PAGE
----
Scottish criminal justice: Devolution, divergence and distinctiveness

Mooney, Gerry; Croall, Hazel; Munro, Mary and Scott, Gill (2015). Scottish criminal justice: Devolution, divergence and distinctiveness. Criminology and Criminal Justice, 15(2) pp. 205–224.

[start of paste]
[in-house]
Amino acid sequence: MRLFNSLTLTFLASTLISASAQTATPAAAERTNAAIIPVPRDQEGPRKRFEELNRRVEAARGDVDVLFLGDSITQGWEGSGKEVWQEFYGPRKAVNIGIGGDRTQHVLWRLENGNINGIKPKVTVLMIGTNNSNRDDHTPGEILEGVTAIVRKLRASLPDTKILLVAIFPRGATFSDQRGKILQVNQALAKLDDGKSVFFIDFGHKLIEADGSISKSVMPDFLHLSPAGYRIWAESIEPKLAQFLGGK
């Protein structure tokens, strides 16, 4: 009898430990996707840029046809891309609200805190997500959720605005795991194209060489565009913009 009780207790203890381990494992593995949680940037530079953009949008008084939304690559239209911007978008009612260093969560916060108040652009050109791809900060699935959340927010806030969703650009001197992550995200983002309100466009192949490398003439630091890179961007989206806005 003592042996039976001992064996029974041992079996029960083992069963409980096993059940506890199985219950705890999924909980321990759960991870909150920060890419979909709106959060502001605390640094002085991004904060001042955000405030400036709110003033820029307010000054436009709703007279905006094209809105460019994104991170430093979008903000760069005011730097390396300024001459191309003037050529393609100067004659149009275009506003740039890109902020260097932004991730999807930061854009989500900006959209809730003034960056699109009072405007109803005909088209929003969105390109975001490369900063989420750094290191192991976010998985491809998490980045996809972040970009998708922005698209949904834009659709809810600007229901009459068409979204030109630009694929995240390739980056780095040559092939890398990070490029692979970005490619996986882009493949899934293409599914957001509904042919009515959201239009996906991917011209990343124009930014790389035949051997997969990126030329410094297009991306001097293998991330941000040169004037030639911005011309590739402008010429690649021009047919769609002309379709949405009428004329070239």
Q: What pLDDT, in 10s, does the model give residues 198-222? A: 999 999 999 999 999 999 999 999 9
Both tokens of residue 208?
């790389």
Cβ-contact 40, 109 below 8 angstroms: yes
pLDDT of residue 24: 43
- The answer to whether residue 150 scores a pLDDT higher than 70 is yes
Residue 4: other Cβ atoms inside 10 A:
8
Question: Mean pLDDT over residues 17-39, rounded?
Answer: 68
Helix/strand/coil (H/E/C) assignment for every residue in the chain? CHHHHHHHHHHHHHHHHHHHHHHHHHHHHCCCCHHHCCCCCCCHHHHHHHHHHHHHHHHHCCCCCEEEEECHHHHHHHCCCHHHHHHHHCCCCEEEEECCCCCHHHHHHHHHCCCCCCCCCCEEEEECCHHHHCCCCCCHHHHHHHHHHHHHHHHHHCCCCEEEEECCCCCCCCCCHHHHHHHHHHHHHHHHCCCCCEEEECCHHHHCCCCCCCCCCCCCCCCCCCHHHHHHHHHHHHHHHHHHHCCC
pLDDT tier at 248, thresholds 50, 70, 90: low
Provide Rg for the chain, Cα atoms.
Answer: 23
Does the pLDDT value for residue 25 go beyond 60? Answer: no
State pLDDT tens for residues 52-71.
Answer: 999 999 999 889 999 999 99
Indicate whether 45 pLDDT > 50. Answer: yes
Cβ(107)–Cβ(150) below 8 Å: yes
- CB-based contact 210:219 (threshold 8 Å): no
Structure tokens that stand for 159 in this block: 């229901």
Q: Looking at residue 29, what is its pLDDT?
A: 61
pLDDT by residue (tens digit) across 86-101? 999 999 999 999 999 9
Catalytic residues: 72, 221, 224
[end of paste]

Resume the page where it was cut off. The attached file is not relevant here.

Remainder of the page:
It has been claimed that paradoxically, following the re-establishment of the Scottish Parliament in 1999, Scottish criminal justice policy, hitherto more liberal and less punitive than ‘south of the Border’, became more closely aligned with London-based policies. It has also been argued that the Scottish Nationalist Party (SNP) Scottish government has, since gaining power in 2007, reversed that trend in a process of ‘retartanization’. Closer examination reveals a far more complex picture. Based on interviews with key players and observers, this article suggests that there is room for a more nuanced understanding of policy, policy shifts and reform in the years leading up to and following 1999. The Scottish example raises important questions about the impact of new legislative and executive institutions, the respective influences of civil servants, special advisers, politicians, local government, media, public opinion and individual personalities on criminal justice policy, particularly in a small jurisdiction. It also raises questions about the relative importance of local, national, territorial and global influences on criminal justice policy of relevance to other devolved nations.

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